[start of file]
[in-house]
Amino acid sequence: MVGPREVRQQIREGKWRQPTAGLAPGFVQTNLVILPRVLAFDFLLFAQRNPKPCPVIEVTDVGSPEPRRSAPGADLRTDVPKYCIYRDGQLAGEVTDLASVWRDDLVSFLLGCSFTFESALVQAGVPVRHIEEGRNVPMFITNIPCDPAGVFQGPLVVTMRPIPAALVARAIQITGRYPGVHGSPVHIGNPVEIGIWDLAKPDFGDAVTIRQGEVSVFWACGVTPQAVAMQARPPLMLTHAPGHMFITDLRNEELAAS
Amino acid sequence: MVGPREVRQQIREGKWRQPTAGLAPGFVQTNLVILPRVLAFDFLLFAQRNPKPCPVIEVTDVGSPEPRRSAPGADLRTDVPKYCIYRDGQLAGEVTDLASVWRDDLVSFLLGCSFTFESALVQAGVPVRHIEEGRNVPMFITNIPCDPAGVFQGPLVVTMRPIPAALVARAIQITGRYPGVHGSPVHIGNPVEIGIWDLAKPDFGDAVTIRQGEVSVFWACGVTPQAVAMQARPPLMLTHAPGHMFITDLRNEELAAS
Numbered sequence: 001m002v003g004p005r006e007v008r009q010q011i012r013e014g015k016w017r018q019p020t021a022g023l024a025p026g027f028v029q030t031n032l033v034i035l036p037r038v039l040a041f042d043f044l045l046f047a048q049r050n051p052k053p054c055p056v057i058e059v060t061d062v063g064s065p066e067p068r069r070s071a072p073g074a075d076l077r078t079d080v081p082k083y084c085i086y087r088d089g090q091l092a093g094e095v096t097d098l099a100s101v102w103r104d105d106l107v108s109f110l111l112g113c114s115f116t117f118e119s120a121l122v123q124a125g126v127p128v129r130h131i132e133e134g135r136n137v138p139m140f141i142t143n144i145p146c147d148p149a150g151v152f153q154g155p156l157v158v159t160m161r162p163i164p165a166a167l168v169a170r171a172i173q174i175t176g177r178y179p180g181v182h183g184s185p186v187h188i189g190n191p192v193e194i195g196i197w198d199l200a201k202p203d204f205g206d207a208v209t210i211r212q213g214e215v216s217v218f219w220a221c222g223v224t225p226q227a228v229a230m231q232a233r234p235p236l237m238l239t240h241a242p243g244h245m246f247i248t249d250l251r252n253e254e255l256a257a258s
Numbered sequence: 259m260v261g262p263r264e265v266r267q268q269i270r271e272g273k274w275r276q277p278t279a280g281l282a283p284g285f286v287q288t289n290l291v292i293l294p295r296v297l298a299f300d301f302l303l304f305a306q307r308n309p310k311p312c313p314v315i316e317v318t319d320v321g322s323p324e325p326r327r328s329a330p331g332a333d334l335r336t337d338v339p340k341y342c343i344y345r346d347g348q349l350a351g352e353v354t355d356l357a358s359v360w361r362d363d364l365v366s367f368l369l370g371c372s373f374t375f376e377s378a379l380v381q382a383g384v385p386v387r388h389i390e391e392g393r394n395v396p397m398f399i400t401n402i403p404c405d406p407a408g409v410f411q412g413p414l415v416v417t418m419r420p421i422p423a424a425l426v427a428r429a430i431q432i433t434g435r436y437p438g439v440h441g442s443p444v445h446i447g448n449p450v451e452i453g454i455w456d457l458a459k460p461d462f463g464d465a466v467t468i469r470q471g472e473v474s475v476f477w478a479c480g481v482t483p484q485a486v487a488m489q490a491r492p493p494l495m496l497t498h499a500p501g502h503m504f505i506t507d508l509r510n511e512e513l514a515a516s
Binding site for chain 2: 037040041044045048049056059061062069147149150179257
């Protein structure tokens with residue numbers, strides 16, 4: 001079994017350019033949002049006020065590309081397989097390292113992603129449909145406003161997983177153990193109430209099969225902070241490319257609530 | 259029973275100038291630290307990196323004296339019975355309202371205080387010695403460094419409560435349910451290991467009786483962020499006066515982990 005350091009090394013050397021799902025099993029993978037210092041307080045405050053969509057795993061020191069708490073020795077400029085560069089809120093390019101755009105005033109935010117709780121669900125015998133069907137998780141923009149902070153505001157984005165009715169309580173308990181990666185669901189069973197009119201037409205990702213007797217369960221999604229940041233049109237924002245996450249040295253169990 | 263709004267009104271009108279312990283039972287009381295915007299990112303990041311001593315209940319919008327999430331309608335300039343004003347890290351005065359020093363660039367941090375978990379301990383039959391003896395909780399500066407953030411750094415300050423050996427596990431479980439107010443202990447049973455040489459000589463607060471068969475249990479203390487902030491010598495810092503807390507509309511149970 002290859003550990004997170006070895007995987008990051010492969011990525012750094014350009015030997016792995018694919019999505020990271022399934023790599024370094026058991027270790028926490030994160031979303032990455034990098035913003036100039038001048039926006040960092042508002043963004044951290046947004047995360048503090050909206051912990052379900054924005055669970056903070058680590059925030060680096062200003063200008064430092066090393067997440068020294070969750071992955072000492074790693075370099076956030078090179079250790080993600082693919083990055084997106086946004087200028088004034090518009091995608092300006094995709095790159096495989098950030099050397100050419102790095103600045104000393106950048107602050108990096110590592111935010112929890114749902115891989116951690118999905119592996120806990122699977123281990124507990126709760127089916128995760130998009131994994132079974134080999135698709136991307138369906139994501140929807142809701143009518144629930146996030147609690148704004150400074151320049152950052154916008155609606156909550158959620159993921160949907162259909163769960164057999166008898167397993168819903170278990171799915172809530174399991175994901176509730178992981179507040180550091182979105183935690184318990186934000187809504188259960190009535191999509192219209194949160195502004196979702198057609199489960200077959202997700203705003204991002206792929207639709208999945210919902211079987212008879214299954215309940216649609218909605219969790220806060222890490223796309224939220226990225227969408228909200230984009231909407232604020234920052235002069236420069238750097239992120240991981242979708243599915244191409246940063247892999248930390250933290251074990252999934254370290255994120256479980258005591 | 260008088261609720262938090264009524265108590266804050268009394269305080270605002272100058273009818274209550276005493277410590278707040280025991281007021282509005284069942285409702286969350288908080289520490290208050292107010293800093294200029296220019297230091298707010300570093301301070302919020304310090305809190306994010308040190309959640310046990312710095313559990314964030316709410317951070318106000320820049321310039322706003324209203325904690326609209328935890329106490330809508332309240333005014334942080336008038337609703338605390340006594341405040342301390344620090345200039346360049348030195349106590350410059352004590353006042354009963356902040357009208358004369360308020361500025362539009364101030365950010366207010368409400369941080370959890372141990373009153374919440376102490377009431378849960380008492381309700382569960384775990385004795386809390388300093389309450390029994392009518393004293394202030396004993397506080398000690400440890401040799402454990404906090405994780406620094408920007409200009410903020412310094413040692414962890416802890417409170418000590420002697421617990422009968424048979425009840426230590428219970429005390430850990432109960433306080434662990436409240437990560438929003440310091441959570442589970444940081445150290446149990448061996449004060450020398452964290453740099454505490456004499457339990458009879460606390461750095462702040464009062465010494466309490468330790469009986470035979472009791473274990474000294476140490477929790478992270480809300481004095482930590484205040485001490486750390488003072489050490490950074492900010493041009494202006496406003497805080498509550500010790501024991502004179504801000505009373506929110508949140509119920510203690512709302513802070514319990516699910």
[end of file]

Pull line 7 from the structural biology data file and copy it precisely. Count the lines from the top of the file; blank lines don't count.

């Protein structure tokens with residue numbers, strides 16, 4: 001079994017350019033949002049006020065590309081397989097390292113992603129449909145406003161997983177153990193109430209099969225902070241490319257609530 | 259029973275100038291630290307990196323004296339019975355309202371205080387010695403460094419409560435349910451290991467009786483962020499006066515982990 005350091009090394013050397021799902025099993029993978037210092041307080045405050053969509057795993061020191069708490073020795077400029085560069089809120093390019101755009105005033109935010117709780121669900125015998133069907137998780141923009149902070153505001157984005165009715169309580173308990181990666185669901189069973197009119201037409205990702213007797217369960221999604229940041233049109237924002245996450249040295253169990 | 263709004267009104271009108279312990283039972287009381295915007299990112303990041311001593315209940319919008327999430331309608335300039343004003347890290351005065359020093363660039367941090375978990379301990383039959391003896395909780399500066407953030411750094415300050423050996427596990431479980439107010443202990447049973455040489459000589463607060471068969475249990479203390487902030491010598495810092503807390507509309511149970 002290859003550990004997170006070895007995987008990051010492969011990525012750094014350009015030997016792995018694919019999505020990271022399934023790599024370094026058991027270790028926490030994160031979303032990455034990098035913003036100039038001048039926006040960092042508002043963004044951290046947004047995360048503090050909206051912990052379900054924005055669970056903070058680590059925030060680096062200003063200008064430092066090393067997440068020294070969750071992955072000492074790693075370099076956030078090179079250790080993600082693919083990055084997106086946004087200028088004034090518009091995608092300006094995709095790159096495989098950030099050397100050419102790095103600045104000393106950048107602050108990096110590592111935010112929890114749902115891989116951690118999905119592996120806990122699977123281990124507990126709760127089916128995760130998009131994994132079974134080999135698709136991307138369906139994501140929807142809701143009518144629930146996030147609690148704004150400074151320049152950052154916008155609606156909550158959620159993921160949907162259909163769960164057999166008898167397993168819903170278990171799915172809530174399991175994901176509730178992981179507040180550091182979105183935690184318990186934000187809504188259960190009535191999509192219209194949160195502004196979702198057609199489960200077959202997700203705003204991002206792929207639709208999945210919902211079987212008879214299954215309940216649609218909605219969790220806060222890490223796309224939220226990225227969408228909200230984009231909407232604020234920052235002069236420069238750097239992120240991981242979708243599915244191409246940063247892999248930390250933290251074990252999934254370290255994120256479980258005591 | 260008088261609720262938090264009524265108590266804050268009394269305080270605002272100058273009818274209550276005493277410590278707040280025991281007021282509005284069942285409702286969350288908080289520490290208050292107010293800093294200029296220019297230091298707010300570093301301070302919020304310090305809190306994010308040190309959640310046990312710095313559990314964030316709410317951070318106000320820049321310039322706003324209203325904690326609209328935890329106490330809508332309240333005014334942080336008038337609703338605390340006594341405040342301390344620090345200039346360049348030195349106590350410059352004590353006042354009963356902040357009208358004369360308020361500025362539009364101030365950010366207010368409400369941080370959890372141990373009153374919440376102490377009431378849960380008492381309700382569960384775990385004795386809390388300093389309450390029994392009518393004293394202030396004993397506080398000690400440890401040799402454990404906090405994780406620094408920007409200009410903020412310094413040692414962890416802890417409170418000590420002697421617990422009968424048979425009840426230590428219970429005390430850990432109960433306080434662990436409240437990560438929003440310091441959570442589970444940081445150290446149990448061996449004060450020398452964290453740099454505490456004499457339990458009879460606390461750095462702040464009062465010494466309490468330790469009986470035979472009791473274990474000294476140490477929790478992270480809300481004095482930590484205040485001490486750390488003072489050490490950074492900010493041009494202006496406003497805080498509550500010790501024991502004179504801000505009373506929110508949140509119920510203690512709302513802070514319990516699910």